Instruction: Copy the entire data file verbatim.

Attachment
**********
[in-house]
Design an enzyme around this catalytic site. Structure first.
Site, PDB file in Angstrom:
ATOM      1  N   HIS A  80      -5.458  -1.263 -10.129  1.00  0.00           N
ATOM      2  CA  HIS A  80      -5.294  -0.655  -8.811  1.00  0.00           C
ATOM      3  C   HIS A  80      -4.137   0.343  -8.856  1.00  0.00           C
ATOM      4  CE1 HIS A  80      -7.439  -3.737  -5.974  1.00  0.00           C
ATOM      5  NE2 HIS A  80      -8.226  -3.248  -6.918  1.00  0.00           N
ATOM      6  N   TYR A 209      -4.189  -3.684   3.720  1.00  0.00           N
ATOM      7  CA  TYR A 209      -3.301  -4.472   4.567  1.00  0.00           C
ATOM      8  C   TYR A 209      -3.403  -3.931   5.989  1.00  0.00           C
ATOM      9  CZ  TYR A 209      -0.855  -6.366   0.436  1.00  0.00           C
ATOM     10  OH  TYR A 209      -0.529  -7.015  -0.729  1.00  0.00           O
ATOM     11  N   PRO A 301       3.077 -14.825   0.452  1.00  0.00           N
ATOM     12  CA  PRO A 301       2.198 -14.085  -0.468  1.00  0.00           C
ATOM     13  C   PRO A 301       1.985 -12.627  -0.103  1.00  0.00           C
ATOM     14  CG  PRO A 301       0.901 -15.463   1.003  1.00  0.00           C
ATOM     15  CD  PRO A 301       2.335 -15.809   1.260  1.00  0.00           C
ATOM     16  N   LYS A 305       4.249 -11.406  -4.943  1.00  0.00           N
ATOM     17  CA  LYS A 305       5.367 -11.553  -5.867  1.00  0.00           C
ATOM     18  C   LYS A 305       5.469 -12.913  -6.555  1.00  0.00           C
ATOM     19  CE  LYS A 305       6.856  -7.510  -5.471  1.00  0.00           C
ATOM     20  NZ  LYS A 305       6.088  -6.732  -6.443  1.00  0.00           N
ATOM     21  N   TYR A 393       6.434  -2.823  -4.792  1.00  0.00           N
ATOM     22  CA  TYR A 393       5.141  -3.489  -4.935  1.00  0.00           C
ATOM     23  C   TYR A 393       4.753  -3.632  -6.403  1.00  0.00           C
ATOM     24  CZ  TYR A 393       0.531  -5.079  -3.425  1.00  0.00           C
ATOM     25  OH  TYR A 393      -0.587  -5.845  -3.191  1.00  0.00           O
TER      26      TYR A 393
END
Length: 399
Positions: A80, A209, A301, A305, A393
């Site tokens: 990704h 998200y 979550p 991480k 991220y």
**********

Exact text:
[in-house]
Design an enzyme around this catalytic site. Structure first.
Site, PDB file in Angstrom:
ATOM      1  N   HIS A  80      -5.458  -1.263 -10.129  1.00  0.00           N
ATOM      2  CA  HIS A  80      -5.294  -0.655  -8.811  1.00  0.00           C
ATOM      3  C   HIS A  80      -4.137   0.343  -8.856  1.00  0.00           C
ATOM      4  CE1 HIS A  80      -7.439  -3.737  -5.974  1.00  0.00           C
ATOM      5  NE2 HIS A  80      -8.226  -3.248  -6.918  1.00  0.00           N
ATOM      6  N   TYR A 209      -4.189  -3.684   3.720  1.00  0.00           N
ATOM      7  CA  TYR A 209      -3.301  -4.472   4.567  1.00  0.00           C
ATOM      8  C   TYR A 209      -3.403  -3.931   5.989  1.00  0.00           C
ATOM      9  CZ  TYR A 209      -0.855  -6.366   0.436  1.00  0.00           C
ATOM     10  OH  TYR A 209      -0.529  -7.015  -0.729  1.00  0.00           O
ATOM     11  N   PRO A 301       3.077 -14.825   0.452  1.00  0.00           N
ATOM     12  CA  PRO A 301       2.198 -14.085  -0.468  1.00  0.00           C
ATOM     13  C   PRO A 301       1.985 -12.627  -0.103  1.00  0.00           C
ATOM     14  CG  PRO A 301       0.901 -15.463   1.003  1.00  0.00           C
ATOM     15  CD  PRO A 301       2.335 -15.809   1.260  1.00  0.00           C
ATOM     16  N   LYS A 305       4.249 -11.406  -4.943  1.00  0.00           N
ATOM     17  CA  LYS A 305       5.367 -11.553  -5.867  1.00  0.00           C
ATOM     18  C   LYS A 305       5.469 -12.913  -6.555  1.00  0.00           C
ATOM     19  CE  LYS A 305       6.856  -7.510  -5.471  1.00  0.00           C
ATOM     20  NZ  LYS A 305       6.088  -6.732  -6.443  1.00  0.00           N
ATOM     21  N   TYR A 393       6.434  -2.823  -4.792  1.00  0.00           N
ATOM     22  CA  TYR A 393       5.141  -3.489  -4.935  1.00  0.00           C
ATOM     23  C   TYR A 393       4.753  -3.632  -6.403  1.00  0.00           C
ATOM     24  CZ  TYR A 393       0.531  -5.079  -3.425  1.00  0.00           C
ATOM     25  OH  TYR A 393      -0.587  -5.845  -3.191  1.00  0.00           O
TER      26      TYR A 393
END
Length: 399
Positions: A80, A209, A301, A305, A393
């Site tokens: 990704h 998200y 979550p 991480k 991220y």